By Steve Kornacki
ANN ARBOR, Mich. — There’s nothing more powerful than connecting in a time of need and finding that there is someone else who understands your distress, desperation and feelings.
Will Heininger, former defensive lineman for the University of Michigan football team, found that person in athletic trainer Lenny Navitskis, who noticed him in distress and suspected he needed help.
Kally Fayhee, former U-M swim team captain, found that person in a teammate and good friend. She was struggling with anxiety and an eating disorder, finally breaking down to someone she felt confident confiding in. Fayhee was given an ultimatum by her friend to seek help.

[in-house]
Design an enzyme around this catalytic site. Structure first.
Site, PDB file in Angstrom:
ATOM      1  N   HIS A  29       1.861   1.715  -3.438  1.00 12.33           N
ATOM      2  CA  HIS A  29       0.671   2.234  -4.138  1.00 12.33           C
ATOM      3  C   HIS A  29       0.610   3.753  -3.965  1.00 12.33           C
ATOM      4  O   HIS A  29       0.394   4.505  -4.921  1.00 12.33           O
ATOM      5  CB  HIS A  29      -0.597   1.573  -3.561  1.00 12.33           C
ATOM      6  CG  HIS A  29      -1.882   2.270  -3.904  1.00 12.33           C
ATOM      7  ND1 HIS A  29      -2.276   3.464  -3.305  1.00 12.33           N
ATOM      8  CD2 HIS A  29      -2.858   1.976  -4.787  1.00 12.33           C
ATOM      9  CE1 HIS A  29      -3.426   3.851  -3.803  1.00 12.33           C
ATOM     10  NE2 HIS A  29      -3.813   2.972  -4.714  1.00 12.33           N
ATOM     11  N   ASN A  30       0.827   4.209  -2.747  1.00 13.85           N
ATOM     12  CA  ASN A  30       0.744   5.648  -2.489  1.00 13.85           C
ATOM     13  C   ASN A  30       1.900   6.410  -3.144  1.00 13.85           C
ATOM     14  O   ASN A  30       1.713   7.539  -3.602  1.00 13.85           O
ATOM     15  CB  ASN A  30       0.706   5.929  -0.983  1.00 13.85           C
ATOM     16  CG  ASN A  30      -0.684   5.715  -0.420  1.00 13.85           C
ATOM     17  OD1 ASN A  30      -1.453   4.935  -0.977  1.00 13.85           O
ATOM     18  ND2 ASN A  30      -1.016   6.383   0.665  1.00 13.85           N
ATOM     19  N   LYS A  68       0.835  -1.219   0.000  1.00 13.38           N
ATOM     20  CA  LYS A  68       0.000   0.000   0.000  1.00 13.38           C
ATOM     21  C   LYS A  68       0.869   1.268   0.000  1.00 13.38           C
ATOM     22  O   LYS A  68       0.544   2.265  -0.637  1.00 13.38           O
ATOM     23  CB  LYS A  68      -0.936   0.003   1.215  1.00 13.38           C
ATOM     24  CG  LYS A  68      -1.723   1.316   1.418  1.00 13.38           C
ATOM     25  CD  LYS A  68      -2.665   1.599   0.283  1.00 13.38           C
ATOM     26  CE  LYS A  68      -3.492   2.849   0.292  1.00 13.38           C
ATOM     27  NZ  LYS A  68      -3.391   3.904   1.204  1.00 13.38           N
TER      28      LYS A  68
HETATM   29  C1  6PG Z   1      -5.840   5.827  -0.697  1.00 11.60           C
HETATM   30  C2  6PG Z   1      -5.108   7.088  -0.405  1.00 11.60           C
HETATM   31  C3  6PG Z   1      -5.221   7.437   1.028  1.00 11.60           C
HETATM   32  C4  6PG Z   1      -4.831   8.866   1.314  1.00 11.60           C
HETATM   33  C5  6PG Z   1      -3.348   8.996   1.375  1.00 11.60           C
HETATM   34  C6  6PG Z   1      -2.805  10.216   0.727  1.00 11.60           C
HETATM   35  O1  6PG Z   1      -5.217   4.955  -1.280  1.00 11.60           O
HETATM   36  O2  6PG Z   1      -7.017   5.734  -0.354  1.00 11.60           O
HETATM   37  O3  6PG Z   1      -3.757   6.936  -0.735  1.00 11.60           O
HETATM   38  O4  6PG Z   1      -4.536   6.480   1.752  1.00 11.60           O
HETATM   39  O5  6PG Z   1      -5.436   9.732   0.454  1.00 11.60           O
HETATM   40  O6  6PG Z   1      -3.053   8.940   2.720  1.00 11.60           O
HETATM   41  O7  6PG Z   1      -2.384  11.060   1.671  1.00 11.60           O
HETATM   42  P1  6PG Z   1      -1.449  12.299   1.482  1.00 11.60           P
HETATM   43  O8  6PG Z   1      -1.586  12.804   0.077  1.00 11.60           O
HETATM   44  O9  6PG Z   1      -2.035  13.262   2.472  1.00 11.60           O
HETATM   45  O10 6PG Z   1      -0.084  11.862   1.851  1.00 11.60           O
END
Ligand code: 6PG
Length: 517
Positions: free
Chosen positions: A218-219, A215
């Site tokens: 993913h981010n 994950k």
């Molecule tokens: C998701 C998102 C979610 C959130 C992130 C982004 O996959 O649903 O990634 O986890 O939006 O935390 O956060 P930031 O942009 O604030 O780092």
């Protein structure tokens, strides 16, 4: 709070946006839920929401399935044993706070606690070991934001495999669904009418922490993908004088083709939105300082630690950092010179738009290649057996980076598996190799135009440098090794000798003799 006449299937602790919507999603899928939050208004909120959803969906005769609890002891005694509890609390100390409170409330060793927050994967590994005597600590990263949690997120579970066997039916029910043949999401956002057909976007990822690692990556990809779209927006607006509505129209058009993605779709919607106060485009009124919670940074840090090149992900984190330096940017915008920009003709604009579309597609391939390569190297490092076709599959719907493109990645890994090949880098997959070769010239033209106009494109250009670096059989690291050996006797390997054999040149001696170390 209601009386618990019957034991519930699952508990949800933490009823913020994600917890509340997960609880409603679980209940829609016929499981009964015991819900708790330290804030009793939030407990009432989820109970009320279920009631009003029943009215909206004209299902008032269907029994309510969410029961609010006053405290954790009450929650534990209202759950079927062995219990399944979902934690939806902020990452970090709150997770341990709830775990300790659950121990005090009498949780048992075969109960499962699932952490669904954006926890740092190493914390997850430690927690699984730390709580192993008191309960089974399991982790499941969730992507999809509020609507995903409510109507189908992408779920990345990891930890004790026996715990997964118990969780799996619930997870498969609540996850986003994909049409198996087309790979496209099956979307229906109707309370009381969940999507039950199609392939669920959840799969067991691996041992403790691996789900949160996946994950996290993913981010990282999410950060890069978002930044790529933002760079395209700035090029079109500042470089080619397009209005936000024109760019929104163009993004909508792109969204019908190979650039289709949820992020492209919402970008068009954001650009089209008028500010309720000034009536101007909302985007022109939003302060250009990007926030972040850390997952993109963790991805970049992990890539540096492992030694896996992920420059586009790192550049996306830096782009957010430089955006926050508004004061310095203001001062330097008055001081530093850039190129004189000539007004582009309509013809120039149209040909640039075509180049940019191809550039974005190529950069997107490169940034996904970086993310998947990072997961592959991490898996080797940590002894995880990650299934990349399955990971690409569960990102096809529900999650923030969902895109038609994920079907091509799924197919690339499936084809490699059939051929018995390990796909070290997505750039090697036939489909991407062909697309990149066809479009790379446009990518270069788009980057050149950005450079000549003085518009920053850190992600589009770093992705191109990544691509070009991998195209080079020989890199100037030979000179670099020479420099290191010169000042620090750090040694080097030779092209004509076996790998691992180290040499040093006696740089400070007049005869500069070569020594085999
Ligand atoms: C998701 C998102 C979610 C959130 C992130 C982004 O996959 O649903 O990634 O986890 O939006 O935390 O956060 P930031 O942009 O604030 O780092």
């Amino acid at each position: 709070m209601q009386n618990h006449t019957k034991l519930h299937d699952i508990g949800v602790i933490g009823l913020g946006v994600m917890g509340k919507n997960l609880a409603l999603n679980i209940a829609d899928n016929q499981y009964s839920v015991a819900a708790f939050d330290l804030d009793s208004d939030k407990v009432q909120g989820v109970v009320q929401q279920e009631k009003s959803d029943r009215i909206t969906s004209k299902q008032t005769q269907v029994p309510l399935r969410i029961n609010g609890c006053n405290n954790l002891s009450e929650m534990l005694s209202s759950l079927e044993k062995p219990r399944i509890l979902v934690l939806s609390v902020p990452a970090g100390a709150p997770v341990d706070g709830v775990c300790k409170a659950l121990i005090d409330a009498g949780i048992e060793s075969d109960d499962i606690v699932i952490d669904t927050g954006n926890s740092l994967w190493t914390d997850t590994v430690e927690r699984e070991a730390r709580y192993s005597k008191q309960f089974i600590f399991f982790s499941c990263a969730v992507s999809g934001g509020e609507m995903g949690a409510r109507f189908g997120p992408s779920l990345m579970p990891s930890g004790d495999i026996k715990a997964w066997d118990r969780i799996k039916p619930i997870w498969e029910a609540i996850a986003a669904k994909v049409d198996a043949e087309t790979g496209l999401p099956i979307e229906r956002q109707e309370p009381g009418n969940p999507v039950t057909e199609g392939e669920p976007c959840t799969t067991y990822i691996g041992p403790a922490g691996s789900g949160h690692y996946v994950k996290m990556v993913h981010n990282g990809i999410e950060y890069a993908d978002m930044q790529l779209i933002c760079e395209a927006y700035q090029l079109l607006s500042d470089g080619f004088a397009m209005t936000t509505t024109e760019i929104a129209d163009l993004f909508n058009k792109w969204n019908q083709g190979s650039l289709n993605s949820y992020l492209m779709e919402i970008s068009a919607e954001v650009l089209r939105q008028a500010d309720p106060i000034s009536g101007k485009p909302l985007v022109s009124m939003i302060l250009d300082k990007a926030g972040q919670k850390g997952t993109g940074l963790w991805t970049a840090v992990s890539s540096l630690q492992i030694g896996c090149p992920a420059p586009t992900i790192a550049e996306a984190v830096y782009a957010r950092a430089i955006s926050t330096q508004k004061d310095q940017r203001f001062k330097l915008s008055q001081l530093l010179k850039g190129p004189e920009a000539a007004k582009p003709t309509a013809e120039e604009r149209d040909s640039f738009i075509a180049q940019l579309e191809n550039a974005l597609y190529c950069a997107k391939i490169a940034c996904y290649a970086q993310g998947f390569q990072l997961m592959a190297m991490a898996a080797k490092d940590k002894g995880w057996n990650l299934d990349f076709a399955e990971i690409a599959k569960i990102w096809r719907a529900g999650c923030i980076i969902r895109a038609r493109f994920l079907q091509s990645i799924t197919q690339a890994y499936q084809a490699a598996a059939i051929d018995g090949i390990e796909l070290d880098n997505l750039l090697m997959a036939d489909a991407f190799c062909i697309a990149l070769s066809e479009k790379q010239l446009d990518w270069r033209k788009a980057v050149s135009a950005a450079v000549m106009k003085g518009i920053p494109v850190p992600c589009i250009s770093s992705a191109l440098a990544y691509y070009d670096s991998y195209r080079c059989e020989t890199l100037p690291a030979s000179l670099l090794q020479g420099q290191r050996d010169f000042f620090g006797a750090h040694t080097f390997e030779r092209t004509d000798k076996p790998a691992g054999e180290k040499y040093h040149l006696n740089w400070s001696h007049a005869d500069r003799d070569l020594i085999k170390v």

Both made it through the toughest of times with support from coaches, teammates, friends and family. And, perhaps most importantly, they got on the path to recovery by connecting with athletic department counselor Barb Hansen.
They wept in private while trying to tough it out, doing what they were taught as athletes, but found that they were facing an entirely different opponent — one that required more than inner strength to defeat.
And while their quests to wellness came with plenty of trials and tribulations, they got help and stayed the course to understand what was happening in their minds and how to address it.
Now, they are the helping hands, the people other Wolverine student-athletes can reach out to for answers, direction and hope.
Heininger is a driving force behind Athletes Connected, a program designed to remove the stigma attached to mental illnesses while raising awareness and providing solutions. After first sharing his story at the U-M Depression on College Campuses Conference, he left a job in finance in Chicago to become involved with the initiative and is contemplating making it his life’s work.